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Weekend Box Office: Smart Lucy Beats Down Brawny Hercules at Box Office

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By Chris Kavan - 07/27/14 at 09:08 PM CT

As Mad Max Beyond Thunderdome gave us: "Two men enter, one man leave." In the case of this weekend's box office - two action-packed movies entered, only one came out on top. Even with both of the said movies performing above expectations, it still wasn't enough to save July from gaining over last year as, overall, the weekend was down 15% compared to last year - a trend that has become all too familiar. The only hope is that Guardians of the Galaxy can exceed expectations, though even a huge opening isn't likely to save the summer.

1) LUCY

In the battle of the kick-ass action stars, brains and beauty was the clear winner as Lucy brought in $44 million. That is the biggest opening yet for Scarlett Johansson (as the lead) - and it also topped its $40 million budget in a single weekend. While the opening couldn't match the likes of Wanted ($50.9 million) or Taken 2 ($49.5 million) - it did top both The Bourne Legacy ($38.1 million) and Salt ($36 million). But the big news is that the film opened as high as it did despite the fact it was A) rated R and B) not based on an existing franchise or series (not a reboot, sequel or spin-off). The only factor that may be a warning for the future is that is received a decidedly mediocre "C+" Cinemascore. The audience was split evenly between men and women and ran older (65% over 25). Even if the movie doesn't generate that great of word-of-mouth, it's likely to wind up with over $100 million by the time it's done. That's good news for Universal Pictures as Lucy is its fourth film of the year to top the $35 million mark in its opening weekend and is now tied with 20th Century Fox for the most movies to open in the top slot (five movies and counting).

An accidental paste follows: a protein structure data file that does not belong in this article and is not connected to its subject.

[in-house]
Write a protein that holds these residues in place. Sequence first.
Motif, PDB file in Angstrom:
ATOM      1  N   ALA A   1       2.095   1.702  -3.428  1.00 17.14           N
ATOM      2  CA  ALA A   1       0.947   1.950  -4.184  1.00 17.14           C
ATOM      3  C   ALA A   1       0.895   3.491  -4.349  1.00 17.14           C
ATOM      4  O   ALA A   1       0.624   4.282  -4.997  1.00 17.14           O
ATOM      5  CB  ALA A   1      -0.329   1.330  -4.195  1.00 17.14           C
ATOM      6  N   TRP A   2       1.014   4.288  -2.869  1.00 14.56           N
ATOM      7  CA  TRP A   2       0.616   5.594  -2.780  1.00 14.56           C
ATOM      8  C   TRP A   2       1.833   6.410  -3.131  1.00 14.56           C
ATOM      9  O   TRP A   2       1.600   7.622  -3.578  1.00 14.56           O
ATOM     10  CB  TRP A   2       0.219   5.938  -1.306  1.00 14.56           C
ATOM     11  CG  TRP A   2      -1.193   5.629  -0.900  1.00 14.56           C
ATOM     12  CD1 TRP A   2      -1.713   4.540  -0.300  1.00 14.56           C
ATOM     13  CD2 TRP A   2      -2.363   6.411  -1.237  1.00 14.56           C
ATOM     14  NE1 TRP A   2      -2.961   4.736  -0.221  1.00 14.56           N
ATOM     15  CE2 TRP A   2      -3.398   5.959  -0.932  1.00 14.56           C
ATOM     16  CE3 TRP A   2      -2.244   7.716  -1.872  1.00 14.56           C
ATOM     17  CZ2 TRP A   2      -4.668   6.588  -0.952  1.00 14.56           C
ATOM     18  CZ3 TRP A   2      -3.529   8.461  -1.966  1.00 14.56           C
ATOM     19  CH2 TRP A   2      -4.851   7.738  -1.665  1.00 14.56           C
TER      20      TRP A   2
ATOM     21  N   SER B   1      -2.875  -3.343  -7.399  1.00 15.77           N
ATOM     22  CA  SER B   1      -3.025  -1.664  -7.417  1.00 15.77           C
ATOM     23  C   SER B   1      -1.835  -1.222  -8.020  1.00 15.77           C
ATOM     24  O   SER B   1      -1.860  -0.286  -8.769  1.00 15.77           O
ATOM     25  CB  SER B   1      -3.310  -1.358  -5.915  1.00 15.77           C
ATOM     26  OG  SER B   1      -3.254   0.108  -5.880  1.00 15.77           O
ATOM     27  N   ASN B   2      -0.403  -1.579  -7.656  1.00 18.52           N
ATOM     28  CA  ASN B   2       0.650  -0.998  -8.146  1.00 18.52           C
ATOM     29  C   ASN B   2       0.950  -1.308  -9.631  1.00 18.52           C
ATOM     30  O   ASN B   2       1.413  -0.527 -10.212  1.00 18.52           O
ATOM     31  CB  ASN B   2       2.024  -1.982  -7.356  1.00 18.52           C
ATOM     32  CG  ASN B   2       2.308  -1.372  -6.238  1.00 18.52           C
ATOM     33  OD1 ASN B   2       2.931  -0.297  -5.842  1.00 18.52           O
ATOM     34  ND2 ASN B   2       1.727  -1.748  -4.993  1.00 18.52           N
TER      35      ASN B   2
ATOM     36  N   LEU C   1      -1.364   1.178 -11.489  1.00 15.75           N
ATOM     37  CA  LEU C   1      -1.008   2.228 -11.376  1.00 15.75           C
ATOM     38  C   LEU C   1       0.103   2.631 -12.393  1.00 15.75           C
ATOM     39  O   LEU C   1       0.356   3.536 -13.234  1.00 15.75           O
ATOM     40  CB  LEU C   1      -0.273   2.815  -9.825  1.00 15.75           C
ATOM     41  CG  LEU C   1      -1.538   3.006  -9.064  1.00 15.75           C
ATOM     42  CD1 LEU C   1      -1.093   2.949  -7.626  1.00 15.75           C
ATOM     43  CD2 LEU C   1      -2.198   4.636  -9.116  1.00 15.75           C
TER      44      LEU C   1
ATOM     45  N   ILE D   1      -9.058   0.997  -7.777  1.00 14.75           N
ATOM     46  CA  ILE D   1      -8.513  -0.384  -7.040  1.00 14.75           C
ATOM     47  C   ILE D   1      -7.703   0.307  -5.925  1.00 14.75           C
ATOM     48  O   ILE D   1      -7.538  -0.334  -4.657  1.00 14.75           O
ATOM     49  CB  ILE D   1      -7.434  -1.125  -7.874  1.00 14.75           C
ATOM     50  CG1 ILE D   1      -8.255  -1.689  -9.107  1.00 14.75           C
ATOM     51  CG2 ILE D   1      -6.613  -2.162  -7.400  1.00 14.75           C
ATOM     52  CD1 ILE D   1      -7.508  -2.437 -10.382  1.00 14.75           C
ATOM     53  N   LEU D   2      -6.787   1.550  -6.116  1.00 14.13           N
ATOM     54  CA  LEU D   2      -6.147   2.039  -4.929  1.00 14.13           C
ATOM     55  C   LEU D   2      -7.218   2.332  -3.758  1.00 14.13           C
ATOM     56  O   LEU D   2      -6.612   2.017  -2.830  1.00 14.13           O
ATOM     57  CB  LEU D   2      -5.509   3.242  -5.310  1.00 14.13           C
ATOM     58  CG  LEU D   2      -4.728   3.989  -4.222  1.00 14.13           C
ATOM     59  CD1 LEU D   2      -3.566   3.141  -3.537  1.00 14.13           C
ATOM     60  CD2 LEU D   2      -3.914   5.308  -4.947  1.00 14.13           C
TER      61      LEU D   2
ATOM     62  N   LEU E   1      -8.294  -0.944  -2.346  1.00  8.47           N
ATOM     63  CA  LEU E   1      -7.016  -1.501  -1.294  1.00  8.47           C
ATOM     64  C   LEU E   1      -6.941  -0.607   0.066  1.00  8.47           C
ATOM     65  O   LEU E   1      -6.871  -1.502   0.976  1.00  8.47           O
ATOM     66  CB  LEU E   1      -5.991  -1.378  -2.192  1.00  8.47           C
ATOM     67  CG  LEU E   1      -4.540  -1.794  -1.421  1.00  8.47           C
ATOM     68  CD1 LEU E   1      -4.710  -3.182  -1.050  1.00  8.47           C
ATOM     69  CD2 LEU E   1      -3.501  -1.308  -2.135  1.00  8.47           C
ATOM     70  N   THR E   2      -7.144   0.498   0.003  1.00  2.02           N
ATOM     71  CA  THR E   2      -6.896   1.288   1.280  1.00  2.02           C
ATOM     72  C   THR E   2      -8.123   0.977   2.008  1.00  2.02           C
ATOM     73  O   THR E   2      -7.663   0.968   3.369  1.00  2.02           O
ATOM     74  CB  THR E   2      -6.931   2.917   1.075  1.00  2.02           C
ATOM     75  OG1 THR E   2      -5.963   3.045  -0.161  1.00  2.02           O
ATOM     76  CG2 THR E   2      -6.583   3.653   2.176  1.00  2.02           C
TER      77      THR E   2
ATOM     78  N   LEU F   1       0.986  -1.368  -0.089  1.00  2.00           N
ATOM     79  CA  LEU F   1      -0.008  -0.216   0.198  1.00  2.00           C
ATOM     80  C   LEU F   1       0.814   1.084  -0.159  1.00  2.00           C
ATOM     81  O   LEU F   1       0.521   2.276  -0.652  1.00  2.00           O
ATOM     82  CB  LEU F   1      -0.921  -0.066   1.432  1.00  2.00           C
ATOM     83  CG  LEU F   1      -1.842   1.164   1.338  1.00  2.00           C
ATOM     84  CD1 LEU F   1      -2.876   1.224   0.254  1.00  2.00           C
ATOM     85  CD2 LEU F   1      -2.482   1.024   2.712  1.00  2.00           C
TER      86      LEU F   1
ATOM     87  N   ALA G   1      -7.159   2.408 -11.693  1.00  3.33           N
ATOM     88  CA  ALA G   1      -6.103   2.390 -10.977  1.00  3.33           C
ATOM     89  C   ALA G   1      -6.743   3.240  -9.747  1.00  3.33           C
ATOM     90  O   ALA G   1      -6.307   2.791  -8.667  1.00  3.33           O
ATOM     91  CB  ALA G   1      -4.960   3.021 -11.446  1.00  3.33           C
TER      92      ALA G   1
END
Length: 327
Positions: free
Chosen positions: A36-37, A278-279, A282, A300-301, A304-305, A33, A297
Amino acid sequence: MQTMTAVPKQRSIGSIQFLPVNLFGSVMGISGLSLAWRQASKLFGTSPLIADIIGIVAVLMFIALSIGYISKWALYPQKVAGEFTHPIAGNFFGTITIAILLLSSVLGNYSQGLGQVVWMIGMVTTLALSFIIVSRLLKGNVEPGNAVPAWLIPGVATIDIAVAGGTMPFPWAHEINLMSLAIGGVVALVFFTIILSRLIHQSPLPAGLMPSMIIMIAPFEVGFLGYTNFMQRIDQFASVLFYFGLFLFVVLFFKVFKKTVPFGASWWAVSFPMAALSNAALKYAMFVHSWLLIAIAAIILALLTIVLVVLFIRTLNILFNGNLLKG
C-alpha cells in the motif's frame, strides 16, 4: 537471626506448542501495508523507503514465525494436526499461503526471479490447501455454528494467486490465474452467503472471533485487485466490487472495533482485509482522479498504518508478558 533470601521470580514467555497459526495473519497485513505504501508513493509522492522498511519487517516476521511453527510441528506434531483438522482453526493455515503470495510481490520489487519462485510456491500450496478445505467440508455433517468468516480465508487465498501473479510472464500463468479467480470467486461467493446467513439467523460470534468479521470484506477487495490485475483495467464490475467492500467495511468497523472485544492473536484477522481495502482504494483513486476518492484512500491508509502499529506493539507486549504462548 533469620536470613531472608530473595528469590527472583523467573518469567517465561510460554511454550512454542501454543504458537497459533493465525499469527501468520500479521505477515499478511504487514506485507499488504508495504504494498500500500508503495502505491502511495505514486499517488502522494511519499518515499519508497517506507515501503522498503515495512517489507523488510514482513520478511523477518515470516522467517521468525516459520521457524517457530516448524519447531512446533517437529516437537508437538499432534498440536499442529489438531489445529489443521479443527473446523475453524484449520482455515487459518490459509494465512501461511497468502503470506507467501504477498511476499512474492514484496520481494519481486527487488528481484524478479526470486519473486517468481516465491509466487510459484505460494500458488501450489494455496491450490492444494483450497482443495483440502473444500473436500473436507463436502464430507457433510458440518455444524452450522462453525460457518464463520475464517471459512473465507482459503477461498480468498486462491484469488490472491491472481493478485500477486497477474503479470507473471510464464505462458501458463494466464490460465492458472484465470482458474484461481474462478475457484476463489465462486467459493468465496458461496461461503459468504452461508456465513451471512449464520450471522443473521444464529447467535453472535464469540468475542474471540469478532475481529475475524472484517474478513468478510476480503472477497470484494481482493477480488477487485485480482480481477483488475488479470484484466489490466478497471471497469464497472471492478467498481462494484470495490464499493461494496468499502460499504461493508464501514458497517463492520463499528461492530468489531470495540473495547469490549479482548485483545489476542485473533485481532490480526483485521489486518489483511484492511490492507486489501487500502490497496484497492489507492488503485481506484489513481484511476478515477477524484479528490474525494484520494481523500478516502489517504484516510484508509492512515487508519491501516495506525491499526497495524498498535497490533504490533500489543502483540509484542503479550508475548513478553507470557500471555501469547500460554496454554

2) HERCULES

With Lucy handily taking the top spot at the box office, Dwayne Johnson as the well-toned mythological Hercules had to settle for the second spot with a $29 million opening. For Johnson, it's not exactly a home run, as The Scorpion King took in $36 million 12 years ago. It was also a step down from like-minded films Wrath of the Titans ($33.5 million) and Immortals ($32.2 million). Still, it outperformed early expectations (which sat around $25 million) and given the popularity of Johnson, and the decent "B+" Cinemascore, the movie should have an easier time attracting an audience. However, that same audience will also be flooding theaters for Guardians of the Galaxy, meaning Hercules is not going to top $100 million domestically (which also happens to be its budget) and it likely to top out at $75 million or so. But it should have no problem making back its money in the international market, which is fast becoming just as important as its US effort.

3) DAWN OF THE PLANET OF THE APES

With Lucy and Hercules fighting for the top spot, two-week champion Dawn of the Planet of the Apes fell a hefty 55%. The sequel took in $16.4 million to raise its total to $172 million - officially shooting passed its $170 million budget. By next weekend it will top Rise of the Planet of the Apes $176.8 million and is still looking at a final tally in the $210 million range. Given how hard it has been to reach the $200 million mark this year - that should be considered a rather impressive accomplishment indeed.